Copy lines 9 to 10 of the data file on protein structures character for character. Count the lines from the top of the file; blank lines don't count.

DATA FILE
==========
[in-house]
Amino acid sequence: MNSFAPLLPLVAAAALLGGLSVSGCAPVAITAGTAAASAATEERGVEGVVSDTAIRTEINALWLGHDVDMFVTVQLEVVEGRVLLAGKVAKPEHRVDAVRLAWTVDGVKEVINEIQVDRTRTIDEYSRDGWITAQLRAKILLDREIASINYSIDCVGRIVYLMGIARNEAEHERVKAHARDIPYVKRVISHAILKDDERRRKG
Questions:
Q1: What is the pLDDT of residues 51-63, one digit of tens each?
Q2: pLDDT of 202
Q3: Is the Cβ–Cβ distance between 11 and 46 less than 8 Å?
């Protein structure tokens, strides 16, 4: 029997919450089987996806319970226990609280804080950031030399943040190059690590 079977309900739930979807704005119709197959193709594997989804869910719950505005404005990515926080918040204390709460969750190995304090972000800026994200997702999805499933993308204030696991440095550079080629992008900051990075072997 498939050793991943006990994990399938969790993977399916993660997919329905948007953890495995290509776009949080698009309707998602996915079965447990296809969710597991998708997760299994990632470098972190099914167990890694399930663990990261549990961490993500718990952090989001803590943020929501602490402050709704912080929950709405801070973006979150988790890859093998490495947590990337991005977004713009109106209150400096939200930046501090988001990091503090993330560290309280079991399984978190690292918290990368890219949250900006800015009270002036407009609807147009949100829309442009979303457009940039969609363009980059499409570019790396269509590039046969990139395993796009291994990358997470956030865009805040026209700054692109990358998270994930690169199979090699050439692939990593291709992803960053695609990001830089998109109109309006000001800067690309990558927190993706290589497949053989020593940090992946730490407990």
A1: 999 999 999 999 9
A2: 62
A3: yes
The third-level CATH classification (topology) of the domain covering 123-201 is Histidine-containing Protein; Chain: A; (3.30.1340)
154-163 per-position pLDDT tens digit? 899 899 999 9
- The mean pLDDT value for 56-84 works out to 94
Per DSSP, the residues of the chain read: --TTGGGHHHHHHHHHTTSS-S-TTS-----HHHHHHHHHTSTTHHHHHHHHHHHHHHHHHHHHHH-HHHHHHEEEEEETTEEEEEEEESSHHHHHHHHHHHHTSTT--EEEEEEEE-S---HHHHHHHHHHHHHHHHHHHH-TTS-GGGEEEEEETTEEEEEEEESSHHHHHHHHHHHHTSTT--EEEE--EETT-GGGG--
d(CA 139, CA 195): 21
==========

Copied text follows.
A2: 62
A3: yes